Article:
In Conversation: GCC Talks To The Founding Members Of GCC Taiwan
To celebrate the formation of the new International Volunteer Group, we spoke with the founding members of GCC Taiwan.
GCC: What inspired you to form a GCC volunteer group for Taiwan and how did the team come together?
Sandy Hsiao: Coexistence and co-prosperity are the new forms that humanity needs to face in the post-COVID era. ARTrigin gallery was launched as a brand with sustainability at its core, and we discovered GCC on our way to find allies. We agreed with GCC's pragmatic style and admired its impact within the art world. We immediately joined as a member, and expressed initiative in action. We were also pleased to discover many art institutions in Taiwan that have long been concerned with ecological and sustainability issues. We all have similar ideas and recognize the importance of GCC's core purpose, so it makes sense to unite to pursue equal and sustainable social and environmental development.
GCC: Was there a specific moment that made you want to take climate action, personally?
Linda Chen: We see the plight of wildlife and feel the emergence of extreme weather phenomena brought about by environmental change; if we live in the present without taking action, it is hard to imagine how many more beautiful landscapes will be left in the future. Animals will be only seen in textbooks or paintings if they are extinct.
GCC: Is there a sense of urgency regarding discussions around the environment in Taiwan? And how engaged with these topics is the government there?
Linda Chen: Taiwan regards these discussions with the same urgency as any other country in the world. According to the International Energy Agency's 2019 data, Taiwan's per capita carbon emissions are 10.77 tons, which is 2.45 times higher than the global per capita carbon emissions, ranking 19th in the world. Taiwan's per capita carbon emissions are not only higher than those of Japan and Singapore in Asia, but also much higher than those of the Netherlands, Germany, the United Kingdom, Switzerland, Sweden, Norway and other countries in Europe.
Taiwan is highly dependent on imported raw materials and faces the risk of supplying raw materials needed for economic development and the problem of resource depletion. Both industrial transformation and improving energy and resource efficiency, and reducing energy intensity are problems. Sustainable development needs to be addressed. The Taiwanese government has developed specific strategies using economic tools for Taiwan's sustainable development goals, including carbon tax promotion, public R&D promotion, and public procurement. In addition, the 108 syllabus is promoted in the education of new generations to foster students' attention and feedback on international issues.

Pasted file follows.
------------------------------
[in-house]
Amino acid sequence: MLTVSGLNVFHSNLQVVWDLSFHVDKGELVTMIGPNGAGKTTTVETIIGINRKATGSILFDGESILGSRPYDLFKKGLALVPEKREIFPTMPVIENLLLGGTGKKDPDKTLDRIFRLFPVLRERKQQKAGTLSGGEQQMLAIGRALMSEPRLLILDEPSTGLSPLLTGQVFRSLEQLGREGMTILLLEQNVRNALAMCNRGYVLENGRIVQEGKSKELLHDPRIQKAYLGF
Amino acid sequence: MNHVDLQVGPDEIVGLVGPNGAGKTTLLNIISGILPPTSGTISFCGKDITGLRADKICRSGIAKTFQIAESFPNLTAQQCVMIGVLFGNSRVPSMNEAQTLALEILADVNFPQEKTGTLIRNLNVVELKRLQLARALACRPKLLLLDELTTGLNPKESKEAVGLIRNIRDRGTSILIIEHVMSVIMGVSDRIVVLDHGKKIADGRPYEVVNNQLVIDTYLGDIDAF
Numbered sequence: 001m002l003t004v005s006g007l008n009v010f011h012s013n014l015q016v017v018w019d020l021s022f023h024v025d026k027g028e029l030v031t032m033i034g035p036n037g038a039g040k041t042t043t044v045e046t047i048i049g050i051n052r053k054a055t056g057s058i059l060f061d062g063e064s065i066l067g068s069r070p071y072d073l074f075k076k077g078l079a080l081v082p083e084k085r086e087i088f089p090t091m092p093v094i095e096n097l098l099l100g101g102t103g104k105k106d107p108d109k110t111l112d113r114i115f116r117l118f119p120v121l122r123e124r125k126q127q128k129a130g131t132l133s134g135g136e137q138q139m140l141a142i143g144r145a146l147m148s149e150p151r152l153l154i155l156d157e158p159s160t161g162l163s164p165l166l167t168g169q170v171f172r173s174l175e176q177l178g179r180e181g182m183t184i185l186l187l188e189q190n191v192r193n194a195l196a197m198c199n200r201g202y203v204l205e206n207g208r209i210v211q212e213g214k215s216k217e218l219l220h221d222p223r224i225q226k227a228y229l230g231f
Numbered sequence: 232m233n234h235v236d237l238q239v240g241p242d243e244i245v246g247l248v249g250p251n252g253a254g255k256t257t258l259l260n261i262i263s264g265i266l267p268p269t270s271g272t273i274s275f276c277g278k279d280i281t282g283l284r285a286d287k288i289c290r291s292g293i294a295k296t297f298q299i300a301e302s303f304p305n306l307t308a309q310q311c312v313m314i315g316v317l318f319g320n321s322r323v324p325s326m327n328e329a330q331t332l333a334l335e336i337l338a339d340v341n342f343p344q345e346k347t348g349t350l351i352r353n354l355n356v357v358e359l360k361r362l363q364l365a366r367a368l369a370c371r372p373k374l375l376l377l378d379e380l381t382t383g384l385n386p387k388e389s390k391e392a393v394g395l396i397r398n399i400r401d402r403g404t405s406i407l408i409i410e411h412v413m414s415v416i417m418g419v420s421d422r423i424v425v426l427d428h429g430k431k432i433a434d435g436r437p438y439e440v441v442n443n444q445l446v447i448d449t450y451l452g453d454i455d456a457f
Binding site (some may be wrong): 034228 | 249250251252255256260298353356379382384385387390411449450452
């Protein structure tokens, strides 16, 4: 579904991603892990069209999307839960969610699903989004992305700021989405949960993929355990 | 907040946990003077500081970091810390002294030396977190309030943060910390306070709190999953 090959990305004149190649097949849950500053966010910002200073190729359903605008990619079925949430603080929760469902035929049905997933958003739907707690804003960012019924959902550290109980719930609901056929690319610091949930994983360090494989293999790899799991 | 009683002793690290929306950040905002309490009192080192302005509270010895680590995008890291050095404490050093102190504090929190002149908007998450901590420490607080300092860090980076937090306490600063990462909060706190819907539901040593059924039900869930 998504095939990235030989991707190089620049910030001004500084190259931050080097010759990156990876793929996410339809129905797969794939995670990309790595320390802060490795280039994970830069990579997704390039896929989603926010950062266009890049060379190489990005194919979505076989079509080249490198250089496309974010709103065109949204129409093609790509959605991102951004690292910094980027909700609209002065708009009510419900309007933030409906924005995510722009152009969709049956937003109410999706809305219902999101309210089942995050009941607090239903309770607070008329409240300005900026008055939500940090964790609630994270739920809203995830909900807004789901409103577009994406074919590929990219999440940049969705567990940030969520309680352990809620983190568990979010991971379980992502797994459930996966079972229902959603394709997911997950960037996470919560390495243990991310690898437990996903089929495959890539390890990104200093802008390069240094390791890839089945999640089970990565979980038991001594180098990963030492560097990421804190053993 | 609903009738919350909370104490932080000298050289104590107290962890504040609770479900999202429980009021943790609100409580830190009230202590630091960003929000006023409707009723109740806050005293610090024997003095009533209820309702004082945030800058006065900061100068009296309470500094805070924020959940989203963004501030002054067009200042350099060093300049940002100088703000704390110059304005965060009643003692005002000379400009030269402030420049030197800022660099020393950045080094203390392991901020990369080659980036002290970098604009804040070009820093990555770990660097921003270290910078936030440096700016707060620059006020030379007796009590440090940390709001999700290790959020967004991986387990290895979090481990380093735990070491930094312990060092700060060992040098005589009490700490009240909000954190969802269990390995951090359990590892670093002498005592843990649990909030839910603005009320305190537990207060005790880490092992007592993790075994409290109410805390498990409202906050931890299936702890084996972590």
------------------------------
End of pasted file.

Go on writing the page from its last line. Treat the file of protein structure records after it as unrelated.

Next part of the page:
GCC: Which areas of environmental sustainability will the group's research focus on first?
Hsu Yu Jen & Frank Wang: To lead the art world in Taiwan, we must lead by example and implement carbon reduction actions. When the people and government of Taiwan see the sparks, it will evoke a response.
GCC: After that, what do you think are the next major steps GCC Taiwan might implement?
Sandy Hsiao & Frank Wang: To promote sustainable artist training programs zero-carbon exhibition programs; see the reduction of disposable items for exhibitions, and provide guidance on sustainable transformation of art-related industries. We will launch Taiwan's first "Sustainable Art Fair" based on the above plans. When the issues advocated by art are paid attention to, the people and enterprises will see the power sustainable transformation.
GCC: Why do you think it is important to connect and align with an international network such as GCC?
Sandy Hsiao & Frank Wang: There is only one planet. Cultural differences might lead to different human perspectives on the environment and sustainable development, however our goals must be clear, consistent, and viewed in the context of each country's unique characteristics. GCC is a global organization, guiding arts to advocate for climate action. We cannot change effectively if we all work independently. Taiwan, like all other countries, needs more cross-border integration and collective promotion to strengthen local outreach efforts and effectively achieve sustainable goals.
GCC: Is there an example of a great environmental resource that exists in Taiwan that you'd like to highlight and share with other people around the world?
Linda Chen: in 2021 Taiwan announced plans to achieve net-zero emissions by 2050. Taiwan’s Pathway to Net Zero Emissions 2050 strategy promotes four major transformations in “Energy, Industrial, Life and Social”, building on "technology research and development" and implementing a "climate legal system".
Take Taipei City as an example. In 2022, the "Taipei City Net Zero Emissions Management Autonomy Ordinance" started to be promoted. As well as specifying carbon reduction targets, it coordinates various bureaus to divide the work on carbon reduction, promotes "carbon budgeting", and discloses building energy consumption, vehicle electrification, and zero-carbon city planning. It also includes reduction of disposable products, transparency around corporate climate-related information, and implements environmental education. It has also announced the 'Climate Transition Fund' as a special fund for climate change adaptation, greenhouse gas reduction, and taking care of vulnerable groups in the climate transition.
This is a new precedent and we are so happy that Taipei has moved towards sustainability so quickly, and we look forward to other cities in Taiwan closely following suit!
For more information or to join GCC Taiwan, please contact: firstname.lastname@example.org